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BEACON Senior News - Western Colorado

Restoring purpose: Tom Baker shares journey of overcoming depression

Aug 29, 2017 02:01PM ● By Melanie Wiseman

Tom Baker and his wife, Christy, share Tom’s years-long journey from depression to joy.

Tom Baker is easy-going, positive and fun-loving. Today, that is.

It’s been a long, hard road, but now he’s arrived at a point where he can share his journey from depression and suicidal tendencies to a life of joy and thankfulness. He does so with an open heart, to give others hope.

A tough road

Tom met his wife, Christy, 47 years ago through a Denver church youth group. They dated for four years and married in 1974. They moved to California, had three children and were actively involved in church. Tom was enjoying his career with Benjamin Moore and life was good.

Then things got rough.

“In 1998, Benjamin Moore eliminated my job and I lost my identity,” Tom said. “On my 40th birthday I had a major breakdown, and three days later I told Christy, ‘I just want to die.’ That’s the first time she took me to the hospital, and it took about a year for me to get back to myself again.”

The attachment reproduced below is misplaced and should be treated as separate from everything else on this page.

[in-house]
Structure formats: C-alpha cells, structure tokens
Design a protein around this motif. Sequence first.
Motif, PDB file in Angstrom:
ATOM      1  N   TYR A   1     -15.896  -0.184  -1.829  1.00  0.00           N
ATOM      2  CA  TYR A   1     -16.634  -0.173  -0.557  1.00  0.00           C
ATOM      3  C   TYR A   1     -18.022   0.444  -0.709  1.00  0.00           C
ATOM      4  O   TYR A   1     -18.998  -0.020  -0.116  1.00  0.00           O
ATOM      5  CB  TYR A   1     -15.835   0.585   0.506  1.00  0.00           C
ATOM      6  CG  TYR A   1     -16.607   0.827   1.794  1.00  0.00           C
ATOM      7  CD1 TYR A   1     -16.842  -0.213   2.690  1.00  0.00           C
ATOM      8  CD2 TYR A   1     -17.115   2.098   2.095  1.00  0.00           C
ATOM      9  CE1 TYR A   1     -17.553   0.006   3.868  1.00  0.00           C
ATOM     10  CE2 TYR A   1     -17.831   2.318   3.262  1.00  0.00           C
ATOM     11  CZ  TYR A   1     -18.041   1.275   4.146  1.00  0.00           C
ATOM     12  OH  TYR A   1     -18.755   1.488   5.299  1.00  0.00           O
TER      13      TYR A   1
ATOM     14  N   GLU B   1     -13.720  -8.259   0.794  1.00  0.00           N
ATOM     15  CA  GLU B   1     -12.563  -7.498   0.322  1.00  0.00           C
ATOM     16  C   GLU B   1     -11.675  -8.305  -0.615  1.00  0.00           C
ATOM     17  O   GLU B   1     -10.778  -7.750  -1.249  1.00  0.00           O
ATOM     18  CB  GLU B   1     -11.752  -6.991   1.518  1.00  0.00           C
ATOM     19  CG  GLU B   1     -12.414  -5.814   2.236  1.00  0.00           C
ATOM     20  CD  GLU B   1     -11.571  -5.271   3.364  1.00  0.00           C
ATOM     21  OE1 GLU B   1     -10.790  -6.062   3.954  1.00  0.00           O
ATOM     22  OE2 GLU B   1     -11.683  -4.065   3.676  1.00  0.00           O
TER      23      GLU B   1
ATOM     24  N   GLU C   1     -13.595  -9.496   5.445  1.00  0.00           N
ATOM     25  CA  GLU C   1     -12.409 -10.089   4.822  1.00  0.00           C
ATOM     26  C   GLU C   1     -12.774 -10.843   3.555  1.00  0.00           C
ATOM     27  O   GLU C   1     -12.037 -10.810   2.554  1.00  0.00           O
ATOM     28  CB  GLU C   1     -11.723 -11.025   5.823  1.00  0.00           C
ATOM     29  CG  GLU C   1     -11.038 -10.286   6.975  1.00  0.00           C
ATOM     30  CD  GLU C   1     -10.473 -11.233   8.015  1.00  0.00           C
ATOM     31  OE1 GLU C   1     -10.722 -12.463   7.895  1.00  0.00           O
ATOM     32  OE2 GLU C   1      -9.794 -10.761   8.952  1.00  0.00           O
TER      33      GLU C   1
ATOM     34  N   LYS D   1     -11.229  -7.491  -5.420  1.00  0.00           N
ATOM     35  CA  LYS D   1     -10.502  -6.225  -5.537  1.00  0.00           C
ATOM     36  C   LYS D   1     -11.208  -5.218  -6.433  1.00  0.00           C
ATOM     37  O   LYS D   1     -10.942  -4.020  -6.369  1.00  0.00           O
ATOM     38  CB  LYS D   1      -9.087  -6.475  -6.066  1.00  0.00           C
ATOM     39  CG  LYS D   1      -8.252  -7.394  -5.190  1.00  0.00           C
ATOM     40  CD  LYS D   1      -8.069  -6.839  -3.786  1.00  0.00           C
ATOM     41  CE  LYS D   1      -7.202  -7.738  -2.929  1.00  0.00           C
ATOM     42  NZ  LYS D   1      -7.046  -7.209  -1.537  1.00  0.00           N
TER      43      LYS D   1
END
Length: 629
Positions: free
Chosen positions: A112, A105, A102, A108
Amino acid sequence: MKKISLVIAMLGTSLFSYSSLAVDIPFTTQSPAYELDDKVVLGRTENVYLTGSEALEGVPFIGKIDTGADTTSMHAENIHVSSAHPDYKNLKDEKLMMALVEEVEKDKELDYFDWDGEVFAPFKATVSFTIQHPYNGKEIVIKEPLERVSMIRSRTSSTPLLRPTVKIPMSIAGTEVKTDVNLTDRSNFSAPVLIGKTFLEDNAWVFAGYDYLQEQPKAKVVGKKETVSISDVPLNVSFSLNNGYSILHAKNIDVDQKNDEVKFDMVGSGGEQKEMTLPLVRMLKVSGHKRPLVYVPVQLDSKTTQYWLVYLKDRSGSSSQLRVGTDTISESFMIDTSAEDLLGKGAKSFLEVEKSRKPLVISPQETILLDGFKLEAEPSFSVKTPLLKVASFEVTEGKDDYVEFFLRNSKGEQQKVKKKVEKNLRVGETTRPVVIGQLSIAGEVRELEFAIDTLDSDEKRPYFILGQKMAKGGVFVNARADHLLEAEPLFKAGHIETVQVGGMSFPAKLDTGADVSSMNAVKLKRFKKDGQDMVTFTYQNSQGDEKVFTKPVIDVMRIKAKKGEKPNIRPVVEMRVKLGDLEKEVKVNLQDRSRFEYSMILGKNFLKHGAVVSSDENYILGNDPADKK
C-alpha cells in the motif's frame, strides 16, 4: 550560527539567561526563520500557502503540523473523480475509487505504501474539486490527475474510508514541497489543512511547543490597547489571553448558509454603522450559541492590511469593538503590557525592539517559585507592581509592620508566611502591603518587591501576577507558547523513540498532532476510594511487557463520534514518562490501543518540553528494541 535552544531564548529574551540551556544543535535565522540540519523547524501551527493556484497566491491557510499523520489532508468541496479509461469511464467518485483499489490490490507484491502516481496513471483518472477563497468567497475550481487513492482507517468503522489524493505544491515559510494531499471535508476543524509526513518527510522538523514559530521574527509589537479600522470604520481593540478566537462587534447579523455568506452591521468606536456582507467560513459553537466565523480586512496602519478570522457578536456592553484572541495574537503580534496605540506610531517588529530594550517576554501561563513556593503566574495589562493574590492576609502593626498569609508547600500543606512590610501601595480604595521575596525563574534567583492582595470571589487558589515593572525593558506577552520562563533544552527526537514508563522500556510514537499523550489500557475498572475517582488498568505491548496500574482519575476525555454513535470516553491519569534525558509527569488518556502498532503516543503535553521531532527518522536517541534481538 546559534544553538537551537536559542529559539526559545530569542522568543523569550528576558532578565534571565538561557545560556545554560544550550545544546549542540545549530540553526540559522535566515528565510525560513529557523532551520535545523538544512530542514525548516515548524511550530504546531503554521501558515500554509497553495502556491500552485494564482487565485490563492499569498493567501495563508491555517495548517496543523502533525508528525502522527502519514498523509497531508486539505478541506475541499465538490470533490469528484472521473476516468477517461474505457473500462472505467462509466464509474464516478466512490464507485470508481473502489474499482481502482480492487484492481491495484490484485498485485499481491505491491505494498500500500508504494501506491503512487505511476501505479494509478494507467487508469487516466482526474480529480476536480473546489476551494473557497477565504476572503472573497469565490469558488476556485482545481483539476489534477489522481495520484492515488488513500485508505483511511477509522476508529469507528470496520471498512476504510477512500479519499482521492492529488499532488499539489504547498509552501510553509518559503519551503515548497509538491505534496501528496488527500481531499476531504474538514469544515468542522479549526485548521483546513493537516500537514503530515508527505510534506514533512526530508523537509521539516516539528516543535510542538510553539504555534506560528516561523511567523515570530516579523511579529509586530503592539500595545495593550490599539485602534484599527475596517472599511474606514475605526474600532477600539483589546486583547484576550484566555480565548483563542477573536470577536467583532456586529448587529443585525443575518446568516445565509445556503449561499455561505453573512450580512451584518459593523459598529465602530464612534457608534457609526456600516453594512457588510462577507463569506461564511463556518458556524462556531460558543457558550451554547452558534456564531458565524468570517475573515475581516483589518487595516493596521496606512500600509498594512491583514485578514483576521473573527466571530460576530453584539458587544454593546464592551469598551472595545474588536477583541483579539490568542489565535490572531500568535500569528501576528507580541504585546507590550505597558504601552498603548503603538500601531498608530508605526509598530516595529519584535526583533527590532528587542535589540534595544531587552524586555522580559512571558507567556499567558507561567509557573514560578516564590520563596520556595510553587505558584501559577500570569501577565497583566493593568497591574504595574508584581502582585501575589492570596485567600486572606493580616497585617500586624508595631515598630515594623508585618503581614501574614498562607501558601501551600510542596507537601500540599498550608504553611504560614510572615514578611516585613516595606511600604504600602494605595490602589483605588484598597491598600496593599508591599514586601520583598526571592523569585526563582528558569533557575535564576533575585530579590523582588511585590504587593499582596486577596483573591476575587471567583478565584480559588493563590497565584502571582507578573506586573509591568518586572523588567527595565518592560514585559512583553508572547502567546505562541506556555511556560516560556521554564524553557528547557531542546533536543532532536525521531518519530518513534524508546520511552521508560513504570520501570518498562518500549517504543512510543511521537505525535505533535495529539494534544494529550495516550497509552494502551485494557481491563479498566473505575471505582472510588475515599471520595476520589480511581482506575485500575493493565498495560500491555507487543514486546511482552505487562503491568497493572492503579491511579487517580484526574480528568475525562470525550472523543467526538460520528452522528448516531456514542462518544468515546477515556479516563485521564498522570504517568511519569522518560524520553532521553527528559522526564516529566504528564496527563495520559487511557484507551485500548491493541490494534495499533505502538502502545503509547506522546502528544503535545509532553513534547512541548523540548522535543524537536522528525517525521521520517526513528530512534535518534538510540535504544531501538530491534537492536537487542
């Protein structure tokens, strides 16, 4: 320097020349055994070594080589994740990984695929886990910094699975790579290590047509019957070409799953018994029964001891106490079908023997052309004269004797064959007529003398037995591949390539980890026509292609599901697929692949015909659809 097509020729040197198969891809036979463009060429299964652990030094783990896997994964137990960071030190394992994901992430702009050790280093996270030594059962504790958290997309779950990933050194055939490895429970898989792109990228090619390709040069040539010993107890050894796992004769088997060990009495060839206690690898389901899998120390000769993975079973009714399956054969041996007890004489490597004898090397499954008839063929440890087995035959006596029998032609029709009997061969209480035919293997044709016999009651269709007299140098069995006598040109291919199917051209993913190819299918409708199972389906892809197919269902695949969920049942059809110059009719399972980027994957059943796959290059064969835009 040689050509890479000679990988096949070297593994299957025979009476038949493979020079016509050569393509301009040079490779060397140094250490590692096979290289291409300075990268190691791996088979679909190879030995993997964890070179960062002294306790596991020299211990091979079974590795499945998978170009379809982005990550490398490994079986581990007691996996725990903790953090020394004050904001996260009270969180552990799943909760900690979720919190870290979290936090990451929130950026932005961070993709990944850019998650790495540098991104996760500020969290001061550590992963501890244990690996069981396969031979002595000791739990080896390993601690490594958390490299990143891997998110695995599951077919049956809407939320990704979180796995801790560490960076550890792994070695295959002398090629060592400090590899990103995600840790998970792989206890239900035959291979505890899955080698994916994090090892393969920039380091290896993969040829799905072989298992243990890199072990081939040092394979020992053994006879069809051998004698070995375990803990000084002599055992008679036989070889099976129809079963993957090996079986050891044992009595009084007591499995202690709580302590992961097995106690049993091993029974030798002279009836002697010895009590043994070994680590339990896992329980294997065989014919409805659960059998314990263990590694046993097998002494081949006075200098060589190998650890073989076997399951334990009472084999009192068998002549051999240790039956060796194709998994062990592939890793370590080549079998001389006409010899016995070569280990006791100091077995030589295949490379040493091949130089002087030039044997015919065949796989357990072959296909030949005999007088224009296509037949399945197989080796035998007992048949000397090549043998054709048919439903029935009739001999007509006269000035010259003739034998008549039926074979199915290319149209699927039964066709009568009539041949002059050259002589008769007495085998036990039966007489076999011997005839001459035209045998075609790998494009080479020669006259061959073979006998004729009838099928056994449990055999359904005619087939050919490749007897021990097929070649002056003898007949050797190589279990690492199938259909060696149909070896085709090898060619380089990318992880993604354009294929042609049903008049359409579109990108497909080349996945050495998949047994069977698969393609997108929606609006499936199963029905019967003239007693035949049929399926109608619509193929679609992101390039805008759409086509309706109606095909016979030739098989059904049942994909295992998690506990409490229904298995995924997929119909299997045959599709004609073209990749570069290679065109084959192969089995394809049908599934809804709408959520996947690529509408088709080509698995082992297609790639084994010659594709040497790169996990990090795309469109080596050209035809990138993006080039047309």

Benjamin Moore hired him back in a different position, and things went well for another 14 years. But in 2013, Tom’s younger brother committed suicide. The day after the funeral, his older sister died of a heart attack. Tom didn’t take time to grieve, trying to tough it out, but ended up in the hospital for a second time.

It soon became clear that the couple would relocate to Grand Junction to be with Christy’s parents, who needed end-of-life care. Tom left his job in April 2014. At the time, he didn’t know about Mesa County’s high suicide rate.

“I came from a lousy situation to a much worse one,” said Tom. “I had no job identity, and being retired in a new city, I really had no identity.”

He and Christy took walks through their new neighborhood, but all the while, he was silently figuring out ways to take his own life. He ended up in the hospital under suicide watch again.